MEMORANDUM AND ORDER
Monti L. Belot United States District judge.
This case is before the court on a sentencing issue. The court has considered the parties’ sentencing memoranda (Docs. 324, 326) and on July 1, 2013, the court held an evidentiary hearing.
In Count 17 of First Superseding Indictment (Doc. 79), defendant, along with three other individuals, was charged with possession with intent to distribute approximately 6 kilograms of cocaine. The indictment alleged that the offense occurred beginning on or about September 19, 2010 and continuing through September 21, 2010.
Eventually a plea was negotiated and defendant pled guilty to a one-count Information (Doc. 308) charging that on or about September 18, 2010, he used a telephone to commit the offenses of conspiracy to distribute, conspiracy to possess with intent to distribute, possession with intent to distribute, distribution of controlled substances and attempt to do so all in violation of 21 U.S.C. § 843(b).
Defendant entered into a plea agreement which set forth the following factual basis:
On September 18, 2010, the defendant, Edgardo Perez, used a communication facility (a cellular telephone) to place a phone call to co-defendant Juan Padilla (referred to as Call #1162 on phone 816-596-2157). Mr. Padilla was in Wichita, Kansas, at the time that he (Mr. Padilla) received the call.
At that time, the defendant and Mr. Padilla engaged in a conversation during which the men planned the defendant's trip to Kansas in order to purchase a truck. The truck was connected to Mr. Padilla's drug trafficking activities. The defendant admits that the purchase of the truck by the defendant would have facilitated Mr. Padilla's drug trafficking activities.
The defendant admits that he has learned the Mr. Padilla's drug trafficking activities constitute felony drug offenses pursuant to Title 21 of the United States Code.
The plea agreement also provided that the sentencing guidelines would be utilized to determine the advisory guideline range but that “. . . the parties advised the court that each will make a recommendation at the time of sentencing that each party believes is appropriate and warranted under the facts and circumstances of the case, and 18 U.S.C. § 3553.” The government agreed to recommend that the quantity of cocaine used to determine the guideline range would be between 2 and 3½ kilograms. Finally, the plea agreement contained boilerplate language regarding relevant conduct and defendant’s understanding that “. . . conduct charged in any dismissed counts of the indictment may be considered as well as all other uncharged related criminal activity as relevant conduct for purposes of calculating the offense level for Count One, in accordance with United States Sentencing Guidelines (U.S.S.G.) § IB1.3.” However, defendant was not charged in any other count in the First Superseding Indictment. Nor, as it turned out, was there any relevant conduct.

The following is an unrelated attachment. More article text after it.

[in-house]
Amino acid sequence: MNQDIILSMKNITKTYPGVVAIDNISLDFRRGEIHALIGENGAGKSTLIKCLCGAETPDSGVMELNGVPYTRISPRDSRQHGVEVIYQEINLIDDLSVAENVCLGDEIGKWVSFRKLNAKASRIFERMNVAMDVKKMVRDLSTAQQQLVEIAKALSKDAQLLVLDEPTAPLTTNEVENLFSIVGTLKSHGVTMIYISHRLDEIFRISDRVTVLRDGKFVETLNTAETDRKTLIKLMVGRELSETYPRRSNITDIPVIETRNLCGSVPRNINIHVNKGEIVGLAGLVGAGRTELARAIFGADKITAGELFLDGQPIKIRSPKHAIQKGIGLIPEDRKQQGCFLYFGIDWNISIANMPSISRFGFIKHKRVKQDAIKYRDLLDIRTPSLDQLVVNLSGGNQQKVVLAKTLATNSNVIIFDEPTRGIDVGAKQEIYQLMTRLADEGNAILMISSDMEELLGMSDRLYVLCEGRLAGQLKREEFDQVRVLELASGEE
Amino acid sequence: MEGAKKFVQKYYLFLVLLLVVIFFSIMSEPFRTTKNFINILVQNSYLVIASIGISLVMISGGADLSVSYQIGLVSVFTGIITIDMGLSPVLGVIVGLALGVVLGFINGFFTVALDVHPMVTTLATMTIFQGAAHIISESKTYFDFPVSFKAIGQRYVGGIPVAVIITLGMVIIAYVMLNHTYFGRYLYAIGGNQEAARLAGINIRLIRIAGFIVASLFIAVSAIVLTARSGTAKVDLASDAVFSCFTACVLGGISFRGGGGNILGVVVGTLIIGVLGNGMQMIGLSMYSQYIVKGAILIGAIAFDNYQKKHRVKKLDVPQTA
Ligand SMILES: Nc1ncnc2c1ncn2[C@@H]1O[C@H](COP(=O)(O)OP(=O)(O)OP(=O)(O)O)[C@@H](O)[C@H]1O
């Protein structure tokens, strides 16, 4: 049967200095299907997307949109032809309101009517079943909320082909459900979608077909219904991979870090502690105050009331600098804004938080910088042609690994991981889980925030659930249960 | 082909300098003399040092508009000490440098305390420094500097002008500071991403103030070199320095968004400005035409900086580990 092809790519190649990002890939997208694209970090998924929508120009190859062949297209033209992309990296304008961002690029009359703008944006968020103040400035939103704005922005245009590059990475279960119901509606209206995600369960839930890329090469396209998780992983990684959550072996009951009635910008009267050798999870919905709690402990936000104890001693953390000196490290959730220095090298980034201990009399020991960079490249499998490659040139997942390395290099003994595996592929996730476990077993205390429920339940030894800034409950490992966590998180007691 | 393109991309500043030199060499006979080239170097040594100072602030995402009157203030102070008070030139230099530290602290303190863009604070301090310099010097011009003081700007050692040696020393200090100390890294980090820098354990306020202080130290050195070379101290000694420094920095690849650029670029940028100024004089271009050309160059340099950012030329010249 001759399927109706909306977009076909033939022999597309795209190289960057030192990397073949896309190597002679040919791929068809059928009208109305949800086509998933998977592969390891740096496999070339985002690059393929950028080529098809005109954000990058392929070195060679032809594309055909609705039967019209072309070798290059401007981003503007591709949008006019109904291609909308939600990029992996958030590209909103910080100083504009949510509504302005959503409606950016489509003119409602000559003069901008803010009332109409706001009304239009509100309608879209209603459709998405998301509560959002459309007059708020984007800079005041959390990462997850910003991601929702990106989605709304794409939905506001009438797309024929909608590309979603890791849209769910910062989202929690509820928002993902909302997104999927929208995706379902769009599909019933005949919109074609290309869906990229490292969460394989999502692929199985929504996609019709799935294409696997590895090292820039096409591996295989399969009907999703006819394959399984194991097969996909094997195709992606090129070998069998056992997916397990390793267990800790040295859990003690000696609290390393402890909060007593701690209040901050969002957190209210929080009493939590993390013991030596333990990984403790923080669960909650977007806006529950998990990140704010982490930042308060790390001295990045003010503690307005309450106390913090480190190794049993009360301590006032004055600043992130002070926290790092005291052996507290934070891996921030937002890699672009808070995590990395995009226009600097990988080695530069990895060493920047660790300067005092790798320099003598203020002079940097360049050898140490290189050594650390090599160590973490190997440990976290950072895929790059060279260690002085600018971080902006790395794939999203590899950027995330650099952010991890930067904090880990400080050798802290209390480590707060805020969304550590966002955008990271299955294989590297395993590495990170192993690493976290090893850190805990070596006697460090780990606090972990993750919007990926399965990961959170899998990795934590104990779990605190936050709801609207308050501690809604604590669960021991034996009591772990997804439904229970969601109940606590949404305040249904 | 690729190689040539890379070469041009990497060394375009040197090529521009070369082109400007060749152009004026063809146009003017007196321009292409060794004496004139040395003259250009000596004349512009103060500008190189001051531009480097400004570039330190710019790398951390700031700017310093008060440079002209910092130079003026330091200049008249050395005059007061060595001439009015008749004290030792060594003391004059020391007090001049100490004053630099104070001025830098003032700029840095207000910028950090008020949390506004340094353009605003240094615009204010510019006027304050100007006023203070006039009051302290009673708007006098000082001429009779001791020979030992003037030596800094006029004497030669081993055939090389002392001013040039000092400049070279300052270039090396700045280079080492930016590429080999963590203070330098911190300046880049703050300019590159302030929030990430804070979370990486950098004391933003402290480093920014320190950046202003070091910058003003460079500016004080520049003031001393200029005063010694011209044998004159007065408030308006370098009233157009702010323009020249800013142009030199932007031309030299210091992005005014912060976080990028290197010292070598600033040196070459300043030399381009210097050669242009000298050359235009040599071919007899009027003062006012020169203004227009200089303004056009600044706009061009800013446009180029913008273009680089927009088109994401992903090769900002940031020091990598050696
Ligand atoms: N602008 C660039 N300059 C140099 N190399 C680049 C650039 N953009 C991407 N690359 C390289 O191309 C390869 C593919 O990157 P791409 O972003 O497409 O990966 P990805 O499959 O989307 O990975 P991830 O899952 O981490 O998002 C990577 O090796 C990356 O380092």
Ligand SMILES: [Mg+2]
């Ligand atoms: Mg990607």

When the presentence report was prepared, the base offense level was calculated using § 2D1.6 of the guidelines. The PSR stated, in pertinent part:
The defendant is believed to have been involved with approximately 6 kilograms of cocaine between September 19, 2010 and September 20, 2010. The government believes the defendant is responsible for 2 to 3½ kilograms of cocaine. Application Note 5 of USSG §2D1.1 states that where there is no drug seizure or the amount seized does not reflect the scale of the offense, the court shall approximate the quantity of the controlled substance. Therefore, using a conservative estimate, the defendant is being held accountable for distributing at last 3 kilograms of cocaine. As such, a base offense level of 28 is established. USSG §2D1.1(c)(6).
The defendant was given credit for acceptance of responsibility which reduced his total offense level to 25. There was no relevant conduct enhancement. Applying defendant’s criminal history category I, his guideline sentence in the PSR was 57-71 months, well above the statutory cap of 48 months.
Defendant objected to the probation officer’s calculation of the base offense level. Summarized, defendant objected to any amount of cocaine being considered for purposes of calculating the base offense level but he offered no suggestion as to how a base offense level should be calculated using the methodology of the guidelines. Thereafter, however, in his sentencing memorandum, defendant suggested that a base offense level of 12 be applied using the Application Note to §2D1.6. Giving defendant credit for acceptance of responsibility reduced the base offense level to 10 resulting in a 6-12 month guideline sentence. Since ...